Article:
A methodology for estimating the relative probabilities of different compromise paths for protected information by insider and visitor intelligence collectors has been developed based on an event-tree analysis of the intelligence collection operation. The analyst identifies target information and ultimate users who might attempt to gain that information. The analyst then uses an event tree to develop a set of compromise paths. Probability models are developed for each of the compromise paths that user parameters based on expert judgment or historical data on security violations. The resulting probability estimates indicate the relative likelihood of different compromise paths and provide an input for security resource allocation. Application of the methodology is demonstrated using a national security example. A set of compromise paths and probability models specifically addressing this example espionage problem are developed. The probability models for hard-copy information compromise paths are quantified as an illustration of the results using parametric values representative of historical data available in secure facilities, supplemented where necessary by expert judgment
The Manhattan Project Making the atomic bomb( )

1 edition published in 1994 in English and held by 0 WorldCat member libraries worldwide

This article is a short history of the origins and development of the American atomic bomb program during World War II. Beginning with the scientific developments of the pre-war years, the monograph details the role of US government in conducting a secret, nationwide enterprise that took science from the laboratory and into combat with an entirely new type of weapon. The monograph concludes with a discussion of the immediate postwar period, the debate over the Atomic Energy Act of 1946, and the founding of the Atomic Energy Commission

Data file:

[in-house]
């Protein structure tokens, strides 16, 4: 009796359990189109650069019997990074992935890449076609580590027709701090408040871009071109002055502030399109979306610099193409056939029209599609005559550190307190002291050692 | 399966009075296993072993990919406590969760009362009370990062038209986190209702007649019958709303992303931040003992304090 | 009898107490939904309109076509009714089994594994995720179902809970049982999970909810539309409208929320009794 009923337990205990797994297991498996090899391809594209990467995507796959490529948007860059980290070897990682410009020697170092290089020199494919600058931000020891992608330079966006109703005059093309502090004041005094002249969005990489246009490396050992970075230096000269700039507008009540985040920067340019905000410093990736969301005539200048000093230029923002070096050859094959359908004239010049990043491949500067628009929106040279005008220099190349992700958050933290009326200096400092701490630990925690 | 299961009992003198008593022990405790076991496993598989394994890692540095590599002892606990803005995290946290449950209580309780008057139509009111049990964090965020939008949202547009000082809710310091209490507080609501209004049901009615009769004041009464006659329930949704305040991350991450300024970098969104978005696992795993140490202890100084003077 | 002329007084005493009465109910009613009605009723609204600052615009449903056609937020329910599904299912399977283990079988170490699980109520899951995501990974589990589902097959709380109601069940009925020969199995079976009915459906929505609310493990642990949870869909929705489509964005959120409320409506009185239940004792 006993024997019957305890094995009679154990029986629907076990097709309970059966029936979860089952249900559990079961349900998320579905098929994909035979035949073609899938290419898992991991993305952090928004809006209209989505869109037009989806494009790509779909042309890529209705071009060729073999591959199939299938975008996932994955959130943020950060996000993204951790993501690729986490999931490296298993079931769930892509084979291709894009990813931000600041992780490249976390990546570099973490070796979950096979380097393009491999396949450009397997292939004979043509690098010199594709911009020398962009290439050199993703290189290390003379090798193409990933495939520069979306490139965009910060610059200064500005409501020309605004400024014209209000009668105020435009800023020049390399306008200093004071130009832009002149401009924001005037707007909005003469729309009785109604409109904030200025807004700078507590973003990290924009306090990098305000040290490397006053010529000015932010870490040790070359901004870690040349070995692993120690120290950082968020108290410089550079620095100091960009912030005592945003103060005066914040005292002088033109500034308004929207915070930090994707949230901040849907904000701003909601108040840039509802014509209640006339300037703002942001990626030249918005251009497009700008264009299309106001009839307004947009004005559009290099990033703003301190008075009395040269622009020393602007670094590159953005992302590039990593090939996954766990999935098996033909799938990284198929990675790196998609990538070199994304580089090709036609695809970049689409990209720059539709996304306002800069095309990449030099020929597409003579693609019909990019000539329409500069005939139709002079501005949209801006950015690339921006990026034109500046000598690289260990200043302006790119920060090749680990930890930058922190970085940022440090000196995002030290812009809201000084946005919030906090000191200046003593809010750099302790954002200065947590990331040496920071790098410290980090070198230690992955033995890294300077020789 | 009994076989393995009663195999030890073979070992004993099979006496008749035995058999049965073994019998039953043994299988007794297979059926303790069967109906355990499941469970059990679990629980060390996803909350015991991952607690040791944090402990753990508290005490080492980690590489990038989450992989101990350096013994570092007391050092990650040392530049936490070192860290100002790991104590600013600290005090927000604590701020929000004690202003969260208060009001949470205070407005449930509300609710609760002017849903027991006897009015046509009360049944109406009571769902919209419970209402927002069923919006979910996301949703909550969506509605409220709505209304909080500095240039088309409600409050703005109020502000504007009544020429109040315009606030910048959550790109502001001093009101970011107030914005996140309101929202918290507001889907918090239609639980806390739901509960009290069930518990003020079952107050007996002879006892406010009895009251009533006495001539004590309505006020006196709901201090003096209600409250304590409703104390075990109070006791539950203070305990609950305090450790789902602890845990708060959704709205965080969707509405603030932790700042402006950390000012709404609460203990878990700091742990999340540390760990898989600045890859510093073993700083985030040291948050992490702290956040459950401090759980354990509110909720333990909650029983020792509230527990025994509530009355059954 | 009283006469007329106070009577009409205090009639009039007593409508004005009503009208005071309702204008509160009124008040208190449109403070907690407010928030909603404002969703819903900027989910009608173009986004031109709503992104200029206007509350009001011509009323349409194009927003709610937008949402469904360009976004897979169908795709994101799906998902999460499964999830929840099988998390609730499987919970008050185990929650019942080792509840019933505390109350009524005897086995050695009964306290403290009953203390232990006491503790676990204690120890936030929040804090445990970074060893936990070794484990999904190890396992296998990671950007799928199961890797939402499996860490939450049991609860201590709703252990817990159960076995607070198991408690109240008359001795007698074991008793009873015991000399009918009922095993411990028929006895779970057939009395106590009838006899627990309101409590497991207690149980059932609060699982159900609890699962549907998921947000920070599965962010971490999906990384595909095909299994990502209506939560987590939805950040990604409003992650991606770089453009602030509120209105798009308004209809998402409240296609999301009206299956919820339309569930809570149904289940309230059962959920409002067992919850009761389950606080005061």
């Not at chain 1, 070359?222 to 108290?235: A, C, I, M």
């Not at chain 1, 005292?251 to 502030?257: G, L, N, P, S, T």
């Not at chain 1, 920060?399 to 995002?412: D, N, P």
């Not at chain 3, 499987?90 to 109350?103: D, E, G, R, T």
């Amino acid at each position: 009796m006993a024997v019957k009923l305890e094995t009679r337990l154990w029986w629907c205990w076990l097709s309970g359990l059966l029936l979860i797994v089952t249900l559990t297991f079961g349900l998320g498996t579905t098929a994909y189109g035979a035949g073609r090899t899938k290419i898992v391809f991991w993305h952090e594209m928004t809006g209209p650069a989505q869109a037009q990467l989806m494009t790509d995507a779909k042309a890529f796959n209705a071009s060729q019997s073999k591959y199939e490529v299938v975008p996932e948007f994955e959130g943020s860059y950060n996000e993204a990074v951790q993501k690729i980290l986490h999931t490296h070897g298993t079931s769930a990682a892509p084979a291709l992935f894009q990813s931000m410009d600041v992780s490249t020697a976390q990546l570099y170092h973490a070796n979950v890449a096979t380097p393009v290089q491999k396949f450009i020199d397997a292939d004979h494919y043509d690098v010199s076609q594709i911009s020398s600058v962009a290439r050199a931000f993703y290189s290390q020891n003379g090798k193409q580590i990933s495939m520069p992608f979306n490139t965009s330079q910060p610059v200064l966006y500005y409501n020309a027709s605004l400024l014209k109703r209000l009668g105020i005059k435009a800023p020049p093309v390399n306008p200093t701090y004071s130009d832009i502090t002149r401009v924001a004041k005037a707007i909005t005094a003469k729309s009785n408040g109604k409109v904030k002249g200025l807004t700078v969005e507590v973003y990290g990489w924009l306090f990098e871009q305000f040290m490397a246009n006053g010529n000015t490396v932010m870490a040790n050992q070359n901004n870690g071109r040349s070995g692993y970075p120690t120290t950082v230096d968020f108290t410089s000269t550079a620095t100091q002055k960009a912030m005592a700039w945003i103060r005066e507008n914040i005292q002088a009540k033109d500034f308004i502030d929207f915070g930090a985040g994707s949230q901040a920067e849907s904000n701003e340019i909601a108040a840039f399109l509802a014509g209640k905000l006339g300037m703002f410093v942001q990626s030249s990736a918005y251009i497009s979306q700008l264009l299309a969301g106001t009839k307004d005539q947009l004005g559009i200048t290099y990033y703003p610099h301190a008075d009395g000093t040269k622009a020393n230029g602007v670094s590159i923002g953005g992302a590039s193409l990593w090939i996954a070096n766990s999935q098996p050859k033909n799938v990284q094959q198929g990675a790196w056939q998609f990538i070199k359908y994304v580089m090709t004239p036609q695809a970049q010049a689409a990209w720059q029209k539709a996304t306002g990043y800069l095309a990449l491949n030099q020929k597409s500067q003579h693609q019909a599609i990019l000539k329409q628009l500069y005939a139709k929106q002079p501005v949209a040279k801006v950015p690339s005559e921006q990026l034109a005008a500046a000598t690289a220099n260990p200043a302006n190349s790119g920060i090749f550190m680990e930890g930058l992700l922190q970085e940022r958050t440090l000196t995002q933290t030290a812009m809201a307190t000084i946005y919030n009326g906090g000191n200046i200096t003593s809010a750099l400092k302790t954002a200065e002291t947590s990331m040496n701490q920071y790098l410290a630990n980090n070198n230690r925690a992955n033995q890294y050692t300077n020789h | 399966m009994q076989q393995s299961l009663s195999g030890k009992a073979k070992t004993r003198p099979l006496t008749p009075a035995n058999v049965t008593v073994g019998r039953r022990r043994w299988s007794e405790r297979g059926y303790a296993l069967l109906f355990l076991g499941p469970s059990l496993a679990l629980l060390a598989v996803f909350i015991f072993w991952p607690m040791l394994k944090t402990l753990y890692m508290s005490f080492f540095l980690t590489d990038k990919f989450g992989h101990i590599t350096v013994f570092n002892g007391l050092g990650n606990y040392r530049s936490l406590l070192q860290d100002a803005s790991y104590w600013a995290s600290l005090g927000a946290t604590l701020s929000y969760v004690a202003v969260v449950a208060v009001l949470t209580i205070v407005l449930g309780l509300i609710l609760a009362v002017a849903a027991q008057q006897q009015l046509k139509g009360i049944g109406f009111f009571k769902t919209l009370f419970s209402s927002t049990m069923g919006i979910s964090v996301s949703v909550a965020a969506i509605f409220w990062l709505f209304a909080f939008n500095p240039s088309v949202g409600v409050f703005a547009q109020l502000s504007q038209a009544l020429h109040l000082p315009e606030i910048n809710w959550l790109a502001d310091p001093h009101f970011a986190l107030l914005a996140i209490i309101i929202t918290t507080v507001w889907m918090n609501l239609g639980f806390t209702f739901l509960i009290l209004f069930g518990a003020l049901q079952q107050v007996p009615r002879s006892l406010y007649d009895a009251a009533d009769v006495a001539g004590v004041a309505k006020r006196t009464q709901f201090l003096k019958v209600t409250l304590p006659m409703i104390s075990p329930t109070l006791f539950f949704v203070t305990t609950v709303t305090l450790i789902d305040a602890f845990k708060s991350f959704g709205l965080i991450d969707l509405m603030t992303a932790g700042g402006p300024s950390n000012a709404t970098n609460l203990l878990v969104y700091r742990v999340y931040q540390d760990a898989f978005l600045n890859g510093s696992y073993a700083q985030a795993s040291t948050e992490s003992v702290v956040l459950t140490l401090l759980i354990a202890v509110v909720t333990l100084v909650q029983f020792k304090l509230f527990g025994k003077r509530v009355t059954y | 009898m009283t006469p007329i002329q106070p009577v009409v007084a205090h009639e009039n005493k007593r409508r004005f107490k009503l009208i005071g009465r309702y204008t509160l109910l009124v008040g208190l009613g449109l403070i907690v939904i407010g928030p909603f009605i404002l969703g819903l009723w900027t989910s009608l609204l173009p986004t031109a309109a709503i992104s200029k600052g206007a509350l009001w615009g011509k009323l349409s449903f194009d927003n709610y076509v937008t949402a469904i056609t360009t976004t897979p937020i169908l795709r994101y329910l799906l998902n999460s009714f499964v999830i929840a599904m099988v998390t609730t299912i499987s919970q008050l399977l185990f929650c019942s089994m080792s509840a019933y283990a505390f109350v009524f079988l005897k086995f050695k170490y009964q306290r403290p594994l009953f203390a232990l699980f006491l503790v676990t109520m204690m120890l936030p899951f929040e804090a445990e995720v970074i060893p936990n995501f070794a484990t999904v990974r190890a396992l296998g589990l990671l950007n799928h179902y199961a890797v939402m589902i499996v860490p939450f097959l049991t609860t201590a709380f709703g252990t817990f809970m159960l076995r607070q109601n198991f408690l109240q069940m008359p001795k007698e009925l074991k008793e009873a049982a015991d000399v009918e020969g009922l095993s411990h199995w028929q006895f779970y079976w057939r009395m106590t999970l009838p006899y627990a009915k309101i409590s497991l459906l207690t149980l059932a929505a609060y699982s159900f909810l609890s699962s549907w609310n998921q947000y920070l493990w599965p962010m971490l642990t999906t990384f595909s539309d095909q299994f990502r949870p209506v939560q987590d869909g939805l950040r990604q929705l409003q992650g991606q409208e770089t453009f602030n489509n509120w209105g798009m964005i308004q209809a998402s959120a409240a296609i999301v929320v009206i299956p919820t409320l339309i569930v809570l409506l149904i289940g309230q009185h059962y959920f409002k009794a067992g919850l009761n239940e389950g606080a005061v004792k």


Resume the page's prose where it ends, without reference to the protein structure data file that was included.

Advanced polymer chemistry of organometallic anions( )

2 editions published between 1997 and 1998 in English and held by 0 WorldCat member libraries worldwide

This is the final report of a one-year, Laboratory Directed Research and Development (LDRD) project at the Los Alamos National Laboratory (LANL). The objective of the project was to prepare and characterize new polymers incorporating cobalt dicarbollide. Specific goals were to prepare polymerizable cobalt dicarbollide monomers using the nucleophilic substitution route discovered in laboratories and to establish the reaction conditions required to form polymers from these complexes. This one-year project resulted in two publications (in press), and provided the foundation for further investigations into polymer synthesis and characterization using cobalt dicarbollide and other metallocarboranes. Interest in synthesizing organometallic polymers containing the cobalt bis(dicarbollide) anion is motivated by their possible application as cation exchange materials for the remediation of cesium-137 and strontium-90 from nuclear wastes